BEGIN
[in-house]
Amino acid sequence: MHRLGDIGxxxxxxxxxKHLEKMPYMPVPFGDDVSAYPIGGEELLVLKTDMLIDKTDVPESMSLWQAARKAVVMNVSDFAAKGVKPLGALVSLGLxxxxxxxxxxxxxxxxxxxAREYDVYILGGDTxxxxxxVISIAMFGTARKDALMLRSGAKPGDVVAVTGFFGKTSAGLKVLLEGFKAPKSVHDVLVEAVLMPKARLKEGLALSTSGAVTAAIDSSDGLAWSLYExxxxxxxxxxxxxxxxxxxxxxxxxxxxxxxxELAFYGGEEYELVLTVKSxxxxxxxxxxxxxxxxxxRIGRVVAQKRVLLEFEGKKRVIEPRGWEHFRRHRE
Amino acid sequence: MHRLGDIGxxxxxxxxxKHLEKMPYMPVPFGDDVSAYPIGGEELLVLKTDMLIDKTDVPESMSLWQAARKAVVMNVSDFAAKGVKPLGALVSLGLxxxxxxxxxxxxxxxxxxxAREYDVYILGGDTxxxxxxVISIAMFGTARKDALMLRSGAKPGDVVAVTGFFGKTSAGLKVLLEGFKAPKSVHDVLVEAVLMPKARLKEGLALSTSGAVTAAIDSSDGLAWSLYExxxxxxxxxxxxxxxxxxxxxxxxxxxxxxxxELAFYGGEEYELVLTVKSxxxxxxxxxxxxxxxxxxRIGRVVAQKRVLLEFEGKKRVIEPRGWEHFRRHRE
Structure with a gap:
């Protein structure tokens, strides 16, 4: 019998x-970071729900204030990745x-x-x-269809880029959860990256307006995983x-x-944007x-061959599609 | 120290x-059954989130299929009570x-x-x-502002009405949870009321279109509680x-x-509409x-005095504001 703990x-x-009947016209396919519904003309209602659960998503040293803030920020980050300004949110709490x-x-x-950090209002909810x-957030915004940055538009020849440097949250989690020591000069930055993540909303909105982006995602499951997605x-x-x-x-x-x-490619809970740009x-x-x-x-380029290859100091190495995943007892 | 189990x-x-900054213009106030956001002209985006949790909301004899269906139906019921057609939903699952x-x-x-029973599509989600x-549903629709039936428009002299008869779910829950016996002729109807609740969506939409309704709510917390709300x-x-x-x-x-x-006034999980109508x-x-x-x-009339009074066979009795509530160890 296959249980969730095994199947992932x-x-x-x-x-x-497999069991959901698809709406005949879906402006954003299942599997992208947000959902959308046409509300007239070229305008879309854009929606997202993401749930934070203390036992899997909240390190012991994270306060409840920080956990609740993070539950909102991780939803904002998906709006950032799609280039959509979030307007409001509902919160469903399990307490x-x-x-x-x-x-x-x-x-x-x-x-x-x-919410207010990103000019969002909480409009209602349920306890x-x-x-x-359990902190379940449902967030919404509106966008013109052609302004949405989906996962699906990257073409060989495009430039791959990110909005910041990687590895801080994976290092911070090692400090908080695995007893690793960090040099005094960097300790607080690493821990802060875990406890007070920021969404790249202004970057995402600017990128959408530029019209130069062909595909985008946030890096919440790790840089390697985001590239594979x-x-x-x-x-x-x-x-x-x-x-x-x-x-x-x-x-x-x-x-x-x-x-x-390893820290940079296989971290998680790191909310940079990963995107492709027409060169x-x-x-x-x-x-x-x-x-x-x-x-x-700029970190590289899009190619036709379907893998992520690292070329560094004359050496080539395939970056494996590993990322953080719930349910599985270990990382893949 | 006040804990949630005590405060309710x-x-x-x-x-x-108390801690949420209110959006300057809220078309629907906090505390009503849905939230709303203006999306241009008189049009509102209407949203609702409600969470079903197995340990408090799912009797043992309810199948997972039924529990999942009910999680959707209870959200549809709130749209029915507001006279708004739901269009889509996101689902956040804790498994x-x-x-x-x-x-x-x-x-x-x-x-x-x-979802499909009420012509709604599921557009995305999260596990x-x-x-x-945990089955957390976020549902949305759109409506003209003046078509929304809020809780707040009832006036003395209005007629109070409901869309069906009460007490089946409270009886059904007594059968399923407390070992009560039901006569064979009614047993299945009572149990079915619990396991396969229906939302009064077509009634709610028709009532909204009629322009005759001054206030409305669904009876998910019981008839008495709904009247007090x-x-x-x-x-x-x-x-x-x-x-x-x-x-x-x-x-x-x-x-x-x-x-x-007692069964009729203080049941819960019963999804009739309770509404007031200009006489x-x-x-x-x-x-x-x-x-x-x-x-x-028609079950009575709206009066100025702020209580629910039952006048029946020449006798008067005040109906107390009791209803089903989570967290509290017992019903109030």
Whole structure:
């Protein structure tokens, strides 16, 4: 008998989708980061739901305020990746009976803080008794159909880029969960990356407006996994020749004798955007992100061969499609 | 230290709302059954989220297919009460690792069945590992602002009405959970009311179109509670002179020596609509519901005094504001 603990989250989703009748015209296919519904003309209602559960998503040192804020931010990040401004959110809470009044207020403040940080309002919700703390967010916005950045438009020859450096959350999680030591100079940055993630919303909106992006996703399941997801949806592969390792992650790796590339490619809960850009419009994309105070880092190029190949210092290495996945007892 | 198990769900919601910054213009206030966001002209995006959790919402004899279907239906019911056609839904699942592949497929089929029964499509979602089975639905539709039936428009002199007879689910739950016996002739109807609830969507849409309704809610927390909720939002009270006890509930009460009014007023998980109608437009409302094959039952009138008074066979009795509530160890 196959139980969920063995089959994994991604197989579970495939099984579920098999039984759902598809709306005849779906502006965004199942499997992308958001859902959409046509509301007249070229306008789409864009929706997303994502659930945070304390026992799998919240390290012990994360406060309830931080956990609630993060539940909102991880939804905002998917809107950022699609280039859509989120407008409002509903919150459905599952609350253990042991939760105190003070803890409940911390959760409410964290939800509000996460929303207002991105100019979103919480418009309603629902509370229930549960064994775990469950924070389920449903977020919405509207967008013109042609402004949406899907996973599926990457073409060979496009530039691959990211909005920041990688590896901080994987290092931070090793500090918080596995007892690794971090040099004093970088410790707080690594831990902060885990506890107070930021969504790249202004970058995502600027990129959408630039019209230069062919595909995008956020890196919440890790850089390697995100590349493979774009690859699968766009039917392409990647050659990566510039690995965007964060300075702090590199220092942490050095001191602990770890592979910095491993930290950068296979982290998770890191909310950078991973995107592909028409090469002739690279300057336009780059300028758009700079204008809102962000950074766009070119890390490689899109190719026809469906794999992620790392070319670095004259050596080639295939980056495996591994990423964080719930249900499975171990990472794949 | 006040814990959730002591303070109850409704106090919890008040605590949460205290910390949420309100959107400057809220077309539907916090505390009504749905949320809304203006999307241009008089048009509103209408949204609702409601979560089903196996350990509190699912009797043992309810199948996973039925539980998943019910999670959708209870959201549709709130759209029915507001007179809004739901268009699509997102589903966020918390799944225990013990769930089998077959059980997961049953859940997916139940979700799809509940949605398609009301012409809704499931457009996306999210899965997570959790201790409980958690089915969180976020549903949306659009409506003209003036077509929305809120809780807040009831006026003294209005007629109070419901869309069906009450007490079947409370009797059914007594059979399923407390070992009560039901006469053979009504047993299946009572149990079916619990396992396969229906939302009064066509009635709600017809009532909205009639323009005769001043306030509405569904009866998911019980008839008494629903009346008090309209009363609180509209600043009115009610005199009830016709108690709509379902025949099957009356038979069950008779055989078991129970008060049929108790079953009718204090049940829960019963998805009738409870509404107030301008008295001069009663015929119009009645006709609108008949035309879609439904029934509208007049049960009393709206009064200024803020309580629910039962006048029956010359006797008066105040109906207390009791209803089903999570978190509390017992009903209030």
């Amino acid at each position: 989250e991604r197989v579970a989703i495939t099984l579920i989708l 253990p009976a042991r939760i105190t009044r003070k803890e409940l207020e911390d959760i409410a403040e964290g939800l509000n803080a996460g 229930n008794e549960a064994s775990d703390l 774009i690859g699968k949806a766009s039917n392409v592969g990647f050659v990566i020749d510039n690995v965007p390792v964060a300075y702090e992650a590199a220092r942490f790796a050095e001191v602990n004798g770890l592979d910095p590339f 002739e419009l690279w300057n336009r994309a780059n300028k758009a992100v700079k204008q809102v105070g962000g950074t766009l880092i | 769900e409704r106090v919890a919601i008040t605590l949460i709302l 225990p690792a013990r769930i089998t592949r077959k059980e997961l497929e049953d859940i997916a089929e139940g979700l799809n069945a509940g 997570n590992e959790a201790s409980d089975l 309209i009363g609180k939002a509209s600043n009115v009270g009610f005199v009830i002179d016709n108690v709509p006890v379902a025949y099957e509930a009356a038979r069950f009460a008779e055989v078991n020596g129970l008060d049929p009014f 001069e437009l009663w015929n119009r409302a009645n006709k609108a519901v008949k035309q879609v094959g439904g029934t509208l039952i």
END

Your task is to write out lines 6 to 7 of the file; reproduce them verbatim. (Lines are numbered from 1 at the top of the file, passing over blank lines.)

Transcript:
Whole structure:
């Protein structure tokens, strides 16, 4: 008998989708980061739901305020990746009976803080008794159909880029969960990356407006996994020749004798955007992100061969499609 | 230290709302059954989220297919009460690792069945590992602002009405959970009311179109509670002179020596609509519901005094504001 603990989250989703009748015209296919519904003309209602559960998503040192804020931010990040401004959110809470009044207020403040940080309002919700703390967010916005950045438009020859450096959350999680030591100079940055993630919303909106992006996703399941997801949806592969390792992650790796590339490619809960850009419009994309105070880092190029190949210092290495996945007892 | 198990769900919601910054213009206030966001002209995006959790919402004899279907239906019911056609839904699942592949497929089929029964499509979602089975639905539709039936428009002199007879689910739950016996002739109807609830969507849409309704809610927390909720939002009270006890509930009460009014007023998980109608437009409302094959039952009138008074066979009795509530160890 196959139980969920063995089959994994991604197989579970495939099984579920098999039984759902598809709306005849779906502006965004199942499997992308958001859902959409046509509301007249070229306008789409864009929706997303994502659930945070304390026992799998919240390290012990994360406060309830931080956990609630993060539940909102991880939804905002998917809107950022699609280039859509989120407008409002509903919150459905599952609350253990042991939760105190003070803890409940911390959760409410964290939800509000996460929303207002991105100019979103919480418009309603629902509370229930549960064994775990469950924070389920449903977020919405509207967008013109042609402004949406899907996973599926990457073409060979496009530039691959990211909005920041990688590896901080994987290092931070090793500090918080596995007892690794971090040099004093970088410790707080690594831990902060885990506890107070930021969504790249202004970058995502600027990129959408630039019209230069062919595909995008956020890196919440890790850089390697995100590349493979774009690859699968766009039917392409990647050659990566510039690995965007964060300075702090590199220092942490050095001191602990770890592979910095491993930290950068296979982290998770890191909310950078991973995107592909028409090469002739690279300057336009780059300028758009700079204008809102962000950074766009070119890390490689899109190719026809469906794999992620790392070319670095004259050596080639295939980056495996591994990423964080719930249900499975171990990472794949 | 006040814990959730002591303070109850409704106090919890008040605590949460205290910390949420309100959107400057809220077309539907916090505390009504749905949320809304203006999307241009008089048009509103209408949204609702409601979560089903196996350990509190699912009797043992309810199948996973039925539980998943019910999670959708209870959201549709709130759209029915507001007179809004739901268009699509997102589903966020918390799944225990013990769930089998077959059980997961049953859940997916139940979700799809509940949605398609009301012409809704499931457009996306999210899965997570959790201790409980958690089915969180976020549903949306659009409506003209003036077509929305809120809780807040009831006026003294209005007629109070419901869309069906009450007490079947409370009797059914007594059979399923407390070992009560039901006469053979009504047993299946009572149990079916619990396992396969229906939302009064066509009635709600017809009532909205009639323009005769001043306030509405569904009866998911019980008839008494629903009346008090309209009363609180509209600043009115009610005199009830016709108690709509379902025949099957009356038979069950008779055989078991129970008060049929108790079953009718204090049940829960019963998805009738409870509404107030301008008295001069009663015929119009009645006709609108008949035309879609439904029934509208007049049960009393709206009064200024803020309580629910039962006048029956010359006797008066105040109906207390009791209803089903999570978190509390017992009903209030």